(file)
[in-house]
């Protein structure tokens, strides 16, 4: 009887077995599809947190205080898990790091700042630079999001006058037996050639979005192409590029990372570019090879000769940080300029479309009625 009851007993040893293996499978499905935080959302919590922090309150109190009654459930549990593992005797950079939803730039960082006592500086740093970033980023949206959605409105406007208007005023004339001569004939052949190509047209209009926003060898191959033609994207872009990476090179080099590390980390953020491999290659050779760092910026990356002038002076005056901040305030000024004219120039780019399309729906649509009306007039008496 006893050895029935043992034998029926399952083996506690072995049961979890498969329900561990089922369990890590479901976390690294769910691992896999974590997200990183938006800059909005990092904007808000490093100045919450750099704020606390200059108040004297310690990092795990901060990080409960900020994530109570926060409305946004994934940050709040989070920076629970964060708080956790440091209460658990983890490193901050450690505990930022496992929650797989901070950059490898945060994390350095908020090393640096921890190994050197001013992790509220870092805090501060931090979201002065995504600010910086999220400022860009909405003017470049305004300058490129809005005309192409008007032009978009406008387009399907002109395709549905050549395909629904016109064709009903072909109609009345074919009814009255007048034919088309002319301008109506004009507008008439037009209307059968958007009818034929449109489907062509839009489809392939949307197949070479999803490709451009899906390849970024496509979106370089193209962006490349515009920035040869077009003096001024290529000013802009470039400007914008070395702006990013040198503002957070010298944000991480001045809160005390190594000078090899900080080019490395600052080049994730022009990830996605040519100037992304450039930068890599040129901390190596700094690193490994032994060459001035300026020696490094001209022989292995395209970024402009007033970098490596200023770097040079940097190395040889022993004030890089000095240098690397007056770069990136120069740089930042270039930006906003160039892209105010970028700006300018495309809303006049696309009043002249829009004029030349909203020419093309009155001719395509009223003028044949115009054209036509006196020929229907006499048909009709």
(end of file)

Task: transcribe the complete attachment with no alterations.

[in-house]
């Protein structure tokens, strides 16, 4: 009887077995599809947190205080898990790091700042630079999001006058037996050639979005192409590029990372570019090879000769940080300029479309009625 009851007993040893293996499978499905935080959302919590922090309150109190009654459930549990593992005797950079939803730039960082006592500086740093970033980023949206959605409105406007208007005023004339001569004939052949190509047209209009926003060898191959033609994207872009990476090179080099590390980390953020491999290659050779760092910026990356002038002076005056901040305030000024004219120039780019399309729906649509009306007039008496 006893050895029935043992034998029926399952083996506690072995049961979890498969329900561990089922369990890590479901976390690294769910691992896999974590997200990183938006800059909005990092904007808000490093100045919450750099704020606390200059108040004297310690990092795990901060990080409960900020994530109570926060409305946004994934940050709040989070920076629970964060708080956790440091209460658990983890490193901050450690505990930022496992929650797989901070950059490898945060994390350095908020090393640096921890190994050197001013992790509220870092805090501060931090979201002065995504600010910086999220400022860009909405003017470049305004300058490129809005005309192409008007032009978009406008387009399907002109395709549905050549395909629904016109064709009903072909109609009345074919009814009255007048034919088309002319301008109506004009507008008439037009209307059968958007009818034929449109489907062509839009489809392939949307197949070479999803490709451009899906390849970024496509979106370089193209962006490349515009920035040869077009003096001024290529000013802009470039400007914008070395702006990013040198503002957070010298944000991480001045809160005390190594000078090899900080080019490395600052080049994730022009990830996605040519100037992304450039930068890599040129901390190596700094690193490994032994060459001035300026020696490094001209022989292995395209970024402009007033970098490596200023770097040079940097190395040889022993004030890089000095240098690397007056770069990136120069740089930042270039930006906003160039892209105010970028700006300018495309809303006049696309009043002249829009004029030349909203020419093309009155001719395509009223003028044949115009054209036509006196020929229907006499048909009709």